Findings from the present investigation indicate that all of the tested beverages are capable of promoting rehydration after one hour of dehydrating exercise. With few exceptions at selected time points, findings for all rehydration variables were essentially the same when comparing the carbohydrate-electrolyte sport drink, coconut water (concentrated and not from concentrate), and bottled water. Moreover, no differences were noted in treadmill performance during the rehydration period. These data are specific to a sample of young, exercise-trained, healthy men.
Maintaining hydration status is vital for athletes and can directly impact exercise performance . As such, many studies have been conducted to determine the optimal rehydration strategies. While water intake is likely an adequate rehydration approach for many individuals, others (e.g., athletes involved in vigorous training) may require intake of water-carbohydrate or carbohydrate-electrolyte mixtures , in addition to other nutrients . Such an approach has been reported to be superior to water alone and is generally considered the ideal recommendation for individuals engaged in long duration, strenuous bouts of acute exercise [2, 4].
Related to the above, the use of coconut water has been considered by many, as this beverage provides a natural source of carbohydrate and electrolytes . Specifically, coconut water has been reported to provide sugar (~1 g ∙ dL-1), potassium (~51 mEq ∙ L-1), sodium (~33 mEq ∙ L-1), and chloride (~52 mEq ∙ L-1) ; however, this may vary depending on species of coconut palm. Coconut water has been reported to provide hydrating effects similar to those of carbohydrate-electrolyte sport drinks [16–18].
Saat and colleagues used a cross-over study to assess the effectiveness of fresh young coconut water and a carbohydrate-electrolyte beverage, compared to water on measures of whole body rehydration and blood volume restoration during a two hour rehydration period following a bout of dehydrating exercise . A sample of eight young men participated and consumed the assigned beverage at a volume equal to 120% of the fluid loss during exercise. No statistically significant differences were noted between conditions for any outcome measure; however, blood volume restoration was noted to be slightly greater for coconut water. This same group reported similar findings in a follow-up study published in 2007 , using the same volume of beverages (120% of fluid loss during exercise). More recently, Idárraga and Aragón-Vargas studied the rehydrating effect of coconut water following exercise . On three different days, six men and five women were dehydrated to approximately 2% body mass by exercising in a climate-controlled laboratory. On each day and in random order, subjects were rehydrated with fresh coconut water, a sport drink, or plain water using a volume equal to 120% of body weight lost during exercise. Subjects were then monitored for three hours, with urine collection every 30 minutes. No differences were noted between coconut water and sport drink for urine volume or fluid retention (both were better than plain water).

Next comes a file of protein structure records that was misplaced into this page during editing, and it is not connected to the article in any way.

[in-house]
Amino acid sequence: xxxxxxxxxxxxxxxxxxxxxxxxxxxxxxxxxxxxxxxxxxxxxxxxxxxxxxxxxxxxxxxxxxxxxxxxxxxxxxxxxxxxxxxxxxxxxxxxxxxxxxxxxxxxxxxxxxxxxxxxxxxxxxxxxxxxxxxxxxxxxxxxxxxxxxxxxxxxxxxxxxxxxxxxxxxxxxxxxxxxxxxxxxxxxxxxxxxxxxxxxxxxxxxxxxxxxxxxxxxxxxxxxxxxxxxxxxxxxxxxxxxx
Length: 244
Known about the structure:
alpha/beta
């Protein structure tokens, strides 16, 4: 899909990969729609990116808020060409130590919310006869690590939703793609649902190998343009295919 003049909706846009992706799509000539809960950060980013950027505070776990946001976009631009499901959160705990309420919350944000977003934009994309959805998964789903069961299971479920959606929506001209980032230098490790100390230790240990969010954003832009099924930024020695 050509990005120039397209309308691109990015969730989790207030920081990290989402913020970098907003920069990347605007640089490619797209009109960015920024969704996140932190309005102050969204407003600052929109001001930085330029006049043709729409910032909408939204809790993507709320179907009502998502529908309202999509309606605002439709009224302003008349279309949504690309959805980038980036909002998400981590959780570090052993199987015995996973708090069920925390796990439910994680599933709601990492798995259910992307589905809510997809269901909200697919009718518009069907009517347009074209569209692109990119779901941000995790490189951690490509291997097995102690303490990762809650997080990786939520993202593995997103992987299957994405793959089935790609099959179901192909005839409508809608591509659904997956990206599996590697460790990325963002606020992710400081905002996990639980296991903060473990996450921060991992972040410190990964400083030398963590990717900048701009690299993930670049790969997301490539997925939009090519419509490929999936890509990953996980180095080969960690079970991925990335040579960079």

These above studies focused exclusively on hydration measures, following a period of dehydrating exercise and consumption of the assigned beverage, while not emphasizing exercise performance during the rehydrating period. The present study, using a similar fluid volume as used previously, extends these findings by noting similar exercise performance results for natural coconut water (concentrated and not from concentrate) and a carbohydrate-electrolyte sport drink. For most athletes and coaches, this finding is likely of most importance. Our data indicate that coconut water can provide similar benefits as compared to a typical sport drink in terms of exercise performance (as measured based on treadmill time to exhaustion), in addition to measures of hydration. That being said, one potential concern is subject tolerance to coconut water in such high volumes. Subjects reported feeling somewhat bloated and experienced mild stomach upset with the two forms of coconut water used in the present investigation (Table 7), which is likely due to the high volume of fluid required to be consumed in such a short period of time. As with most beverages, individual tolerance to coconut water should be determined prior to use.
It should be noted that this study explored many endpoints at many time-points, each being compared between four products. Consequently, many hundreds of separate pairwise comparisons were carried out, each generating a p value, raising the issue of multiplicity and inflated Type-1 error. No multiple-test adjustments (Bonferroni or other) were applied - it would have been unrealistic and unproductive to try to establish a study-wide 0.05 alpha level, which would have required impossibly small p-values on individual tests. So it should be kept in mind that each individual p value has a one-in-twenty chance of being nominally significant (p < 0.05) purely from random fluctuations. Conclusions of relative efficacy among the different products should not be based simply on isolated p values, but rather on a consideration of the complete set of data for each endpoint. Likewise, observed values were not simply put into a repeated-measures ANOVA to test for overall changes over time - most endpoints displayed very significant changes at certain time points (such as from baseline to immediately post-dehydrating exercise). It was much more appropriate to examination the changes (and differences in mean changes between products) only over certain physiologically-meaningful intervals, and individual t-tests were much more directly interpretable, and therefore more useful, in assessing these specific changes.